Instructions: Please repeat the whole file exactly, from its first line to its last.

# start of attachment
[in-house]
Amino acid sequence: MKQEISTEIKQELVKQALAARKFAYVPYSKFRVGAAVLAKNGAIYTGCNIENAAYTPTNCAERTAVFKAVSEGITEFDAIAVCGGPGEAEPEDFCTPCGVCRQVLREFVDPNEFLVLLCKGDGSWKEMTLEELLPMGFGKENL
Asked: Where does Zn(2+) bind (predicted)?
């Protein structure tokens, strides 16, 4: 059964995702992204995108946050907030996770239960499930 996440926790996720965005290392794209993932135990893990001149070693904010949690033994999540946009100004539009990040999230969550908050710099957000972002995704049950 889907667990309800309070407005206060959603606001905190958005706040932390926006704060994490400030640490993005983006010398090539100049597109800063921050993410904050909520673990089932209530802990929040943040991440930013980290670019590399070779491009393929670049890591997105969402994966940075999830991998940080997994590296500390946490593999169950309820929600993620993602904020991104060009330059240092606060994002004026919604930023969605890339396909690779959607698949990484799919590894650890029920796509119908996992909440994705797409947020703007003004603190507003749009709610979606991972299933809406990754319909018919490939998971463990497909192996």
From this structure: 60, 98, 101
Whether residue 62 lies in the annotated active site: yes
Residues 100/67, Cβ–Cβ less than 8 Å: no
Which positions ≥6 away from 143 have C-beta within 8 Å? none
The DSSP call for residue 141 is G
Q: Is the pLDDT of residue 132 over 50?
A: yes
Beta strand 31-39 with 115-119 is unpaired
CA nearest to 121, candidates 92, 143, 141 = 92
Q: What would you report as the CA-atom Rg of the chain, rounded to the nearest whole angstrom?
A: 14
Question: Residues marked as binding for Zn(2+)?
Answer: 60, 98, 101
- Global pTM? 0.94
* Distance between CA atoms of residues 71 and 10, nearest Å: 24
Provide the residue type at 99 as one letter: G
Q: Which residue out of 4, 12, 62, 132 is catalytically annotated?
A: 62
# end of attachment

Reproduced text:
[in-house]
Amino acid sequence: MKQEISTEIKQELVKQALAARKFAYVPYSKFRVGAAVLAKNGAIYTGCNIENAAYTPTNCAERTAVFKAVSEGITEFDAIAVCGGPGEAEPEDFCTPCGVCRQVLREFVDPNEFLVLLCKGDGSWKEMTLEELLPMGFGKENL
Asked: Where does Zn(2+) bind (predicted)?
């Protein structure tokens, strides 16, 4: 059964995702992204995108946050907030996770239960499930 996440926790996720965005290392794209993932135990893990001149070693904010949690033994999540946009100004539009990040999230969550908050710099957000972002995704049950 889907667990309800309070407005206060959603606001905190958005706040932390926006704060994490400030640490993005983006010398090539100049597109800063921050993410904050909520673990089932209530802990929040943040991440930013980290670019590399070779491009393929670049890591997105969402994966940075999830991998940080997994590296500390946490593999169950309820929600993620993602904020991104060009330059240092606060994002004026919604930023969605890339396909690779959607698949990484799919590894650890029920796509119908996992909440994705797409947020703007003004603190507003749009709610979606991972299933809406990754319909018919490939998971463990497909192996």
From this structure: 60, 98, 101
Whether residue 62 lies in the annotated active site: yes
Residues 100/67, Cβ–Cβ less than 8 Å: no
Which positions ≥6 away from 143 have C-beta within 8 Å? none
The DSSP call for residue 141 is G
Q: Is the pLDDT of residue 132 over 50?
A: yes
Beta strand 31-39 with 115-119 is unpaired
CA nearest to 121, candidates 92, 143, 141 = 92
Q: What would you report as the CA-atom Rg of the chain, rounded to the nearest whole angstrom?
A: 14
Question: Residues marked as binding for Zn(2+)?
Answer: 60, 98, 101
- Global pTM? 0.94
* Distance between CA atoms of residues 71 and 10, nearest Å: 24
Provide the residue type at 99 as one letter: G
Q: Which residue out of 4, 12, 62, 132 is catalytically annotated?
A: 62